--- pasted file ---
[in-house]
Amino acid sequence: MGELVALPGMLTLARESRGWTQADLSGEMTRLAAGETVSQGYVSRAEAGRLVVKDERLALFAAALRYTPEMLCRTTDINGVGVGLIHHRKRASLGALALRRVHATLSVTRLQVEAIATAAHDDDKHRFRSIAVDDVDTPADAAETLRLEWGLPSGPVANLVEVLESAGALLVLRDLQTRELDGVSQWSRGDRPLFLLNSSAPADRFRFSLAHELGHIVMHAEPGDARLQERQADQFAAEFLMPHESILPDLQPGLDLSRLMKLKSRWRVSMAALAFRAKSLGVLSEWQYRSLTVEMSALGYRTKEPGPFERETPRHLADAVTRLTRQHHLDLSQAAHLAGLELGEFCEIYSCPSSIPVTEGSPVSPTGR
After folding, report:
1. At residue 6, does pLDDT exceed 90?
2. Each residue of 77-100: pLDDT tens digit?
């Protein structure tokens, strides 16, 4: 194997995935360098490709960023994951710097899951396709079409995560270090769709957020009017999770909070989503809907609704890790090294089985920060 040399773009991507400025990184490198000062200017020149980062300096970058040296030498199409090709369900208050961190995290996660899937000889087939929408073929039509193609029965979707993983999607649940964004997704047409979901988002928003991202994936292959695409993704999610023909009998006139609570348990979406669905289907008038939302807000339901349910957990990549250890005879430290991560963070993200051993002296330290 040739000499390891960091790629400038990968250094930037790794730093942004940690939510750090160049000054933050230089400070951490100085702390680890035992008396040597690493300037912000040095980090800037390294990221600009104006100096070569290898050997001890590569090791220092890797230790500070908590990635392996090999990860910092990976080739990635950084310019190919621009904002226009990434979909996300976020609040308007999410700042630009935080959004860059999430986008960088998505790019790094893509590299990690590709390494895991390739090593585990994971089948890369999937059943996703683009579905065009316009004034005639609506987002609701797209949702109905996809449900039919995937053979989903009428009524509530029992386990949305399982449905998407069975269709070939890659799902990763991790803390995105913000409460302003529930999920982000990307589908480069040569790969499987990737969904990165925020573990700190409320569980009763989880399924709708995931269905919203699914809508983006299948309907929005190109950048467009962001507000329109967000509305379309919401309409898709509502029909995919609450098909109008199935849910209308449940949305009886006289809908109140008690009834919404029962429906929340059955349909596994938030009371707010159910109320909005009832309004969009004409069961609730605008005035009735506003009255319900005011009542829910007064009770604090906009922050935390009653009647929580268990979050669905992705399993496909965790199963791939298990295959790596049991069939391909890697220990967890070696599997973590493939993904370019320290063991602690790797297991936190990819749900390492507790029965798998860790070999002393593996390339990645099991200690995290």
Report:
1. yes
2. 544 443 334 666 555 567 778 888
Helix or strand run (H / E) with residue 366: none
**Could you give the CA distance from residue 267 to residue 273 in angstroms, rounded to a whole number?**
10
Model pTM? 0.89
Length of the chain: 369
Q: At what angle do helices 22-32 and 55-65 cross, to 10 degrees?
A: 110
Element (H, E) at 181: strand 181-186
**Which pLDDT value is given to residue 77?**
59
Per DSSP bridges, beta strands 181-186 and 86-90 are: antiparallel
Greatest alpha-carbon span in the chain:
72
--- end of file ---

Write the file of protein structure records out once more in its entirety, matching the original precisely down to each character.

[in-house]
Amino acid sequence: MGELVALPGMLTLARESRGWTQADLSGEMTRLAAGETVSQGYVSRAEAGRLVVKDERLALFAAALRYTPEMLCRTTDINGVGVGLIHHRKRASLGALALRRVHATLSVTRLQVEAIATAAHDDDKHRFRSIAVDDVDTPADAAETLRLEWGLPSGPVANLVEVLESAGALLVLRDLQTRELDGVSQWSRGDRPLFLLNSSAPADRFRFSLAHELGHIVMHAEPGDARLQERQADQFAAEFLMPHESILPDLQPGLDLSRLMKLKSRWRVSMAALAFRAKSLGVLSEWQYRSLTVEMSALGYRTKEPGPFERETPRHLADAVTRLTRQHHLDLSQAAHLAGLELGEFCEIYSCPSSIPVTEGSPVSPTGR
After folding, report:
1. At residue 6, does pLDDT exceed 90?
2. Each residue of 77-100: pLDDT tens digit?
């Protein structure tokens, strides 16, 4: 194997995935360098490709960023994951710097899951396709079409995560270090769709957020009017999770909070989503809907609704890790090294089985920060 040399773009991507400025990184490198000062200017020149980062300096970058040296030498199409090709369900208050961190995290996660899937000889087939929408073929039509193609029965979707993983999607649940964004997704047409979901988002928003991202994936292959695409993704999610023909009998006139609570348990979406669905289907008038939302807000339901349910957990990549250890005879430290991560963070993200051993002296330290 040739000499390891960091790629400038990968250094930037790794730093942004940690939510750090160049000054933050230089400070951490100085702390680890035992008396040597690493300037912000040095980090800037390294990221600009104006100096070569290898050997001890590569090791220092890797230790500070908590990635392996090999990860910092990976080739990635950084310019190919621009904002226009990434979909996300976020609040308007999410700042630009935080959004860059999430986008960088998505790019790094893509590299990690590709390494895991390739090593585990994971089948890369999937059943996703683009579905065009316009004034005639609506987002609701797209949702109905996809449900039919995937053979989903009428009524509530029992386990949305399982449905998407069975269709070939890659799902990763991790803390995105913000409460302003529930999920982000990307589908480069040569790969499987990737969904990165925020573990700190409320569980009763989880399924709708995931269905919203699914809508983006299948309907929005190109950048467009962001507000329109967000509305379309919401309409898709509502029909995919609450098909109008199935849910209308449940949305009886006289809908109140008690009834919404029962429906929340059955349909596994938030009371707010159910109320909005009832309004969009004409069961609730605008005035009735506003009255319900005011009542829910007064009770604090906009922050935390009653009647929580268990979050669905992705399993496909965790199963791939298990295959790596049991069939391909890697220990967890070696599997973590493939993904370019320290063991602690790797297991936190990819749900390492507790029965798998860790070999002393593996390339990645099991200690995290």
Report:
1. yes
2. 544 443 334 666 555 567 778 888
Helix or strand run (H / E) with residue 366: none
**Could you give the CA distance from residue 267 to residue 273 in angstroms, rounded to a whole number?**
10
Model pTM? 0.89
Length of the chain: 369
Q: At what angle do helices 22-32 and 55-65 cross, to 10 degrees?
A: 110
Element (H, E) at 181: strand 181-186
**Which pLDDT value is given to residue 77?**
59
Per DSSP bridges, beta strands 181-186 and 86-90 are: antiparallel
Greatest alpha-carbon span in the chain:
72